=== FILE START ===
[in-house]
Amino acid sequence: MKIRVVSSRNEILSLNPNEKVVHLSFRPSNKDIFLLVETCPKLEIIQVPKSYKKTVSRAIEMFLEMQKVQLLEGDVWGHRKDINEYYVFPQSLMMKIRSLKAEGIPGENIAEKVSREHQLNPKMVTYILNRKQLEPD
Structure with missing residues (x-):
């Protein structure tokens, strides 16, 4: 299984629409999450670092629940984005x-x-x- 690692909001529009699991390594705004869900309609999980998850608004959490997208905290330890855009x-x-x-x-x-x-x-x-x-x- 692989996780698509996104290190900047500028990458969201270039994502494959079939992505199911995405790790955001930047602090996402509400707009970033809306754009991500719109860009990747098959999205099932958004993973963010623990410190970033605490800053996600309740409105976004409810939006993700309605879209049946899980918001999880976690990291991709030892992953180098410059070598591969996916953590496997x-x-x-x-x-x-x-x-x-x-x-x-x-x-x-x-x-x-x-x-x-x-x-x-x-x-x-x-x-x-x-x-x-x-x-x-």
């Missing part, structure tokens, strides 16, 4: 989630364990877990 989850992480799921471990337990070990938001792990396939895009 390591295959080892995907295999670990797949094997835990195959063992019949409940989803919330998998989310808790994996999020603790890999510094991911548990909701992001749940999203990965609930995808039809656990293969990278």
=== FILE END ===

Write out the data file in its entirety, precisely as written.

[in-house]
Amino acid sequence: MKIRVVSSRNEILSLNPNEKVVHLSFRPSNKDIFLLVETCPKLEIIQVPKSYKKTVSRAIEMFLEMQKVQLLEGDVWGHRKDINEYYVFPQSLMMKIRSLKAEGIPGENIAEKVSREHQLNPKMVTYILNRKQLEPD
Structure with missing residues (x-):
């Protein structure tokens, strides 16, 4: 299984629409999450670092629940984005x-x-x- 690692909001529009699991390594705004869900309609999980998850608004959490997208905290330890855009x-x-x-x-x-x-x-x-x-x- 692989996780698509996104290190900047500028990458969201270039994502494959079939992505199911995405790790955001930047602090996402509400707009970033809306754009991500719109860009990747098959999205099932958004993973963010623990410190970033605490800053996600309740409105976004409810939006993700309605879209049946899980918001999880976690990291991709030892992953180098410059070598591969996916953590496997x-x-x-x-x-x-x-x-x-x-x-x-x-x-x-x-x-x-x-x-x-x-x-x-x-x-x-x-x-x-x-x-x-x-x-x-």
């Missing part, structure tokens, strides 16, 4: 989630364990877990 989850992480799921471990337990070990938001792990396939895009 390591295959080892995907295999670990797949094997835990195959063992019949409940989803919330998998989310808790994996999020603790890999510094991911548990909701992001749940999203990965609930995808039809656990293969990278």